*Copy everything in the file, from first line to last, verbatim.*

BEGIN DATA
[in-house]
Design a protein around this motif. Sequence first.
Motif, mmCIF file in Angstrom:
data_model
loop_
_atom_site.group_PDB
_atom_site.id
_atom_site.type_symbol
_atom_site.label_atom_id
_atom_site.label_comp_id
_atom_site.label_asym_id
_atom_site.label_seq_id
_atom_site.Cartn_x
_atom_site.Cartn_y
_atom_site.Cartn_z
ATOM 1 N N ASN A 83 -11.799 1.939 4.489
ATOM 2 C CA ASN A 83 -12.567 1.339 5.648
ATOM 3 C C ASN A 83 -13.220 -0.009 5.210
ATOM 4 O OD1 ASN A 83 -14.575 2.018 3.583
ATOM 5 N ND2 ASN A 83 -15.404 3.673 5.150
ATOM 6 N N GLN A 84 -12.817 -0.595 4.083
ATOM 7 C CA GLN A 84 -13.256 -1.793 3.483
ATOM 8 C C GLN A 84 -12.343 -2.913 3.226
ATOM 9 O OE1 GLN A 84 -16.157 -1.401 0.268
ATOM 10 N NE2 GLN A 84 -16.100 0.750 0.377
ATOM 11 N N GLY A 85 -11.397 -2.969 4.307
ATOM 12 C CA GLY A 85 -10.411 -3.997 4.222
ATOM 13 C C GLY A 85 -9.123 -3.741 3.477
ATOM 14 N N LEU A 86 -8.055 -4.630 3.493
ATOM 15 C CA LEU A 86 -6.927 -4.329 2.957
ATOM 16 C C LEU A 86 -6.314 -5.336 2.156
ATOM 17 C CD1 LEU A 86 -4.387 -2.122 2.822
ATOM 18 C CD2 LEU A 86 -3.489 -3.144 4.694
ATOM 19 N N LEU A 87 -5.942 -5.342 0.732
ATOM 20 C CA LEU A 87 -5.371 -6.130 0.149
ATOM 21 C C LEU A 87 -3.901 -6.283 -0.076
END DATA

[in-house]
Design a protein around this motif. Sequence first.
Motif, mmCIF file in Angstrom:
data_model
loop_
_atom_site.group_PDB
_atom_site.id
_atom_site.type_symbol
_atom_site.label_atom_id
_atom_site.label_comp_id
_atom_site.label_asym_id
_atom_site.label_seq_id
_atom_site.Cartn_x
_atom_site.Cartn_y
_atom_site.Cartn_z
ATOM 1 N N ASN A 83 -11.799 1.939 4.489
ATOM 2 C CA ASN A 83 -12.567 1.339 5.648
ATOM 3 C C ASN A 83 -13.220 -0.009 5.210
ATOM 4 O OD1 ASN A 83 -14.575 2.018 3.583
ATOM 5 N ND2 ASN A 83 -15.404 3.673 5.150
ATOM 6 N N GLN A 84 -12.817 -0.595 4.083
ATOM 7 C CA GLN A 84 -13.256 -1.793 3.483
ATOM 8 C C GLN A 84 -12.343 -2.913 3.226
ATOM 9 O OE1 GLN A 84 -16.157 -1.401 0.268
ATOM 10 N NE2 GLN A 84 -16.100 0.750 0.377
ATOM 11 N N GLY A 85 -11.397 -2.969 4.307
ATOM 12 C CA GLY A 85 -10.411 -3.997 4.222
ATOM 13 C C GLY A 85 -9.123 -3.741 3.477
ATOM 14 N N LEU A 86 -8.055 -4.630 3.493
ATOM 15 C CA LEU A 86 -6.927 -4.329 2.957
ATOM 16 C C LEU A 86 -6.314 -5.336 2.156
ATOM 17 C CD1 LEU A 86 -4.387 -2.122 2.822
ATOM 18 C CD2 LEU A 86 -3.489 -3.144 4.694
ATOM 19 N N LEU A 87 -5.942 -5.342 0.732
ATOM 20 C CA LEU A 87 -5.371 -6.130 0.149
ATOM 21 C C LEU A 87 -3.901 -6.283 -0.076